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Jesmyn Ward

36 Podcast Episodes

Latest 25 Jul 2021 | Updated Daily

Weekly hand curated podcast episodes for learning

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Late Night Lit: Maggie O'Farrell | Jesmyn Ward

Late Night with Seth Meyers Podcast

On today's episode of our books podcast, Late Night's Sarah Jenks-Daly speaks with Maggie O'Farrell, award-winning novelist and author of Hamnet.She also talks to two-time National Book Award winner Jesmyn Ward to discuss her new monthly book club with Literati.See Privacy Policy at https://art19.com/privacy and California Privacy Notice at https://art19.com/privacy#do-not-sell-my-info.

33mins

28 Jun 2021

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Jesmyn Ward (Rebroadcast)

The Archive Project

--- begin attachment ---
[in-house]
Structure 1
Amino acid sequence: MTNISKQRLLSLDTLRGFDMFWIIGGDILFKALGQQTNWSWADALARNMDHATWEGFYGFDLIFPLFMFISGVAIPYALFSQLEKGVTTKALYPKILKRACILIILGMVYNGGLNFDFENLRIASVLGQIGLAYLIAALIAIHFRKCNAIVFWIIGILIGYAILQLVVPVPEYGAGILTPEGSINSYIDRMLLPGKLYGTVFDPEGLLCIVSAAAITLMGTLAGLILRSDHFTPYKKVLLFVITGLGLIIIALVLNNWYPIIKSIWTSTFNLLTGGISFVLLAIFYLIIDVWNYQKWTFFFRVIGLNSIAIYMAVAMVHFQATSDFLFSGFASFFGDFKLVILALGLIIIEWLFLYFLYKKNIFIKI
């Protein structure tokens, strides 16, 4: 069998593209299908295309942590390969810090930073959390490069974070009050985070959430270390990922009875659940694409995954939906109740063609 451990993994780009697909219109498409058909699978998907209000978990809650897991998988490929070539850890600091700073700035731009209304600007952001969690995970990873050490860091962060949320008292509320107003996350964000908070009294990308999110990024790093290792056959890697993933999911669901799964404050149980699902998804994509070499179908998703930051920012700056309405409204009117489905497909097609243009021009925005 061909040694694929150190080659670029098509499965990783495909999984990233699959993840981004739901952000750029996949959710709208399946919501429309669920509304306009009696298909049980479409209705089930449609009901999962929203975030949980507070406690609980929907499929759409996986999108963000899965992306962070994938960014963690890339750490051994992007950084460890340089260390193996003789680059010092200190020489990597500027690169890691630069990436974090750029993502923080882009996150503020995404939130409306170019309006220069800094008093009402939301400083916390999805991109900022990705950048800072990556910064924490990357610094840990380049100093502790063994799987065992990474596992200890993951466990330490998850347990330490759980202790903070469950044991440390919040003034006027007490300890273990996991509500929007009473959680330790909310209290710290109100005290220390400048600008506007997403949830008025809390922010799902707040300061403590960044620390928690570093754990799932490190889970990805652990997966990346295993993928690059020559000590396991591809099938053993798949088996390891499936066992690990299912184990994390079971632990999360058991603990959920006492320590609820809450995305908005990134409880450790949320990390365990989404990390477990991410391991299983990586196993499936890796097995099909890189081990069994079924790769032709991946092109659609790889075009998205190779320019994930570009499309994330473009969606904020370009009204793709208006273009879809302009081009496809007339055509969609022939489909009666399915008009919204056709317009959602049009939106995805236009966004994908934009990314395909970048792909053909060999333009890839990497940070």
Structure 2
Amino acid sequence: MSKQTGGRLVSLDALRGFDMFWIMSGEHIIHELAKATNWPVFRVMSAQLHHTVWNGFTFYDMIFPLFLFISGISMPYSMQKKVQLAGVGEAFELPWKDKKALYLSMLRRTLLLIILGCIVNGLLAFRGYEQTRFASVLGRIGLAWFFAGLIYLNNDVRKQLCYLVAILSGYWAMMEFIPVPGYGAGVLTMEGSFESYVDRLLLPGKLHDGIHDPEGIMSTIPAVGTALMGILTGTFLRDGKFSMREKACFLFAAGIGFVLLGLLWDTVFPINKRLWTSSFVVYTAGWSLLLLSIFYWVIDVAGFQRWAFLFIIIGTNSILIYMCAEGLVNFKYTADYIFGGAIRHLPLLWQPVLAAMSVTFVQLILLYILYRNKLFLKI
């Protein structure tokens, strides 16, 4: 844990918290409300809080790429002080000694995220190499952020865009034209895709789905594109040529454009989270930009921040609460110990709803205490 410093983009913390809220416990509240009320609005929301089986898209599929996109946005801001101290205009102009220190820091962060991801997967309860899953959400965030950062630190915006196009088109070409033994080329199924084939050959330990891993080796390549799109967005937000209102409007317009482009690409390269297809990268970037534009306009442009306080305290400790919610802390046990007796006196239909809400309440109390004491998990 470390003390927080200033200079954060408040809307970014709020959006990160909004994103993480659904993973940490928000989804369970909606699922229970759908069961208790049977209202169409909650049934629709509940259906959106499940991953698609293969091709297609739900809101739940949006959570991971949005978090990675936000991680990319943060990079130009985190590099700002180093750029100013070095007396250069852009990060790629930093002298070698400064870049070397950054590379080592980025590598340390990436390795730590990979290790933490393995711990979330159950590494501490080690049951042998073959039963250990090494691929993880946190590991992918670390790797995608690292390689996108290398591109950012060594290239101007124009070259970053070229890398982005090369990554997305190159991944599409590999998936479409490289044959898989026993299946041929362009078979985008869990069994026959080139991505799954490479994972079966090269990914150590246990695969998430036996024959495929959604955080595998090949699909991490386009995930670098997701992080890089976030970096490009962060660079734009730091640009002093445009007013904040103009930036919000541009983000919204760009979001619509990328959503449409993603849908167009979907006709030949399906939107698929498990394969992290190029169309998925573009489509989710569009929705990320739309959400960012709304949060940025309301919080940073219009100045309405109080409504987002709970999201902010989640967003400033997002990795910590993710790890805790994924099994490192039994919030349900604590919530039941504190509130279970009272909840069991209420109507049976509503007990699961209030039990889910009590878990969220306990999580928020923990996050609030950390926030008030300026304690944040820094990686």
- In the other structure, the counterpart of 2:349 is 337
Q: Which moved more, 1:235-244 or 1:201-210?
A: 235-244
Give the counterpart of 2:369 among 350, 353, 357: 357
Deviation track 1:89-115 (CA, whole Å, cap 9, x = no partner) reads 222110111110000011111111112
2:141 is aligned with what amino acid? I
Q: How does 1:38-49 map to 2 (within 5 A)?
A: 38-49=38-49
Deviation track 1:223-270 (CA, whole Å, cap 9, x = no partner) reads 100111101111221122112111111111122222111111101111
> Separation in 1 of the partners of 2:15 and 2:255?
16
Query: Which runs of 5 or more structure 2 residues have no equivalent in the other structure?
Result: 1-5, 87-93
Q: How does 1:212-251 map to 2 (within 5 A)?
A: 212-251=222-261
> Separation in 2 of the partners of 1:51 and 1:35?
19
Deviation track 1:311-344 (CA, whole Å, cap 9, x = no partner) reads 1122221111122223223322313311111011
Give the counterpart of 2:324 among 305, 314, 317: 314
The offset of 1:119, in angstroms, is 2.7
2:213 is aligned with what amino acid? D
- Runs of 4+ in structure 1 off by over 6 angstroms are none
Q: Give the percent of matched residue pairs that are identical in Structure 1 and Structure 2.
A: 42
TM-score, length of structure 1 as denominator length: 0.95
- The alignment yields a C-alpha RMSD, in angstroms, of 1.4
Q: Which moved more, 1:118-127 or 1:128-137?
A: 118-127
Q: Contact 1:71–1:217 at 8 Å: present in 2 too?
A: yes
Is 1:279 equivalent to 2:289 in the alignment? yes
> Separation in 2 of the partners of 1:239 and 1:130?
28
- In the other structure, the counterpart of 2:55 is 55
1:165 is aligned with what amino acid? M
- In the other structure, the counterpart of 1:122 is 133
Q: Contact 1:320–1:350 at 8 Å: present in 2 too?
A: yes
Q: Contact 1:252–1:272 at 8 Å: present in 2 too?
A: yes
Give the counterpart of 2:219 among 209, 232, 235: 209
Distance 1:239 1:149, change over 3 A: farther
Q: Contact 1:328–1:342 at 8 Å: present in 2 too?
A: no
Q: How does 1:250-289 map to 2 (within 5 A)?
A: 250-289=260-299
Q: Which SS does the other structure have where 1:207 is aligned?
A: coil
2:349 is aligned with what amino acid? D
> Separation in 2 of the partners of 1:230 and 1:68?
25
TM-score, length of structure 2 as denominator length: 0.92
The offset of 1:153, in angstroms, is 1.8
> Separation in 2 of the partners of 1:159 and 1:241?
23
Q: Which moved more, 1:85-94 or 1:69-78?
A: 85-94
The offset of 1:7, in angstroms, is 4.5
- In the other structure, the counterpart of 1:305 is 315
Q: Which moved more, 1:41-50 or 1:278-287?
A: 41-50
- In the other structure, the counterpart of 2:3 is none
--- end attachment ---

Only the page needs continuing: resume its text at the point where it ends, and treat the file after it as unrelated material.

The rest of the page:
In this episode, we feature Jesmyn Ward. On November 15, 2017, Jesmyn Ward became the only woman ever to win the Nation Book Award twice. She won the award for Fiction in 2011 for her novel Salvage the Bones, and then again for Sing, Unburied, Sing. This is one of those talks that is so powerful that audience members who attended the live event reported feeling transformed. Ward’s storytelling is, by turns, wide and historic, narrow, and deeply personal. She recounts parts of her early life in which so many of the men in her community—brothers, cousins, friends—were killed, and connects these tragedies with the larger tragedies of slavery, segregation, Jim Crow, and mass incarceration. She talks about the recent birth of her son and the dangers he faces simply by being Black and male in America. Ultimately, Ward answers the question about why she is a writer: That she hopes her writing helps people see her son not as a “tool, a type, or a terror,” but as a human being, and that, just as she does here, she seeks to tell stories that make us real to each other, with all that hope entails. “I…thought of the little boy swimming inside of me. And then I thought of the men I know from my small community, DeLisle, Mississippi, who have died young. There are many. There are too many… The pain of their absence walks with their loved ones, beneath the humid Mississippi sky, the bowing pines, the reaching oak. We walk hand-in-hand in the American South. Phantom children. Ghostly siblings. Specter friends.” Jesmyn Ward received her MFA from the University of Michigan and has received the MacArthur Genius Grant, a Stegner Fellowship, a John and Renee Grisham Writers Residency, and the Strauss Living Prize. She is the winner of two National Book Awards for Fiction for Sing, Unburied, Sing (2017) and Salvage the Bones (2011). She is also the author of the novel Where the Line Bleeds and the memoir Men We Reaped, which was a finalist for the National Book Critics Circle Award and won the Chicago Tribune Heartland Prize and the Media for a Just Society Award. She is currently an associate professor of creative writing at Tulane University and lives in Mississippi.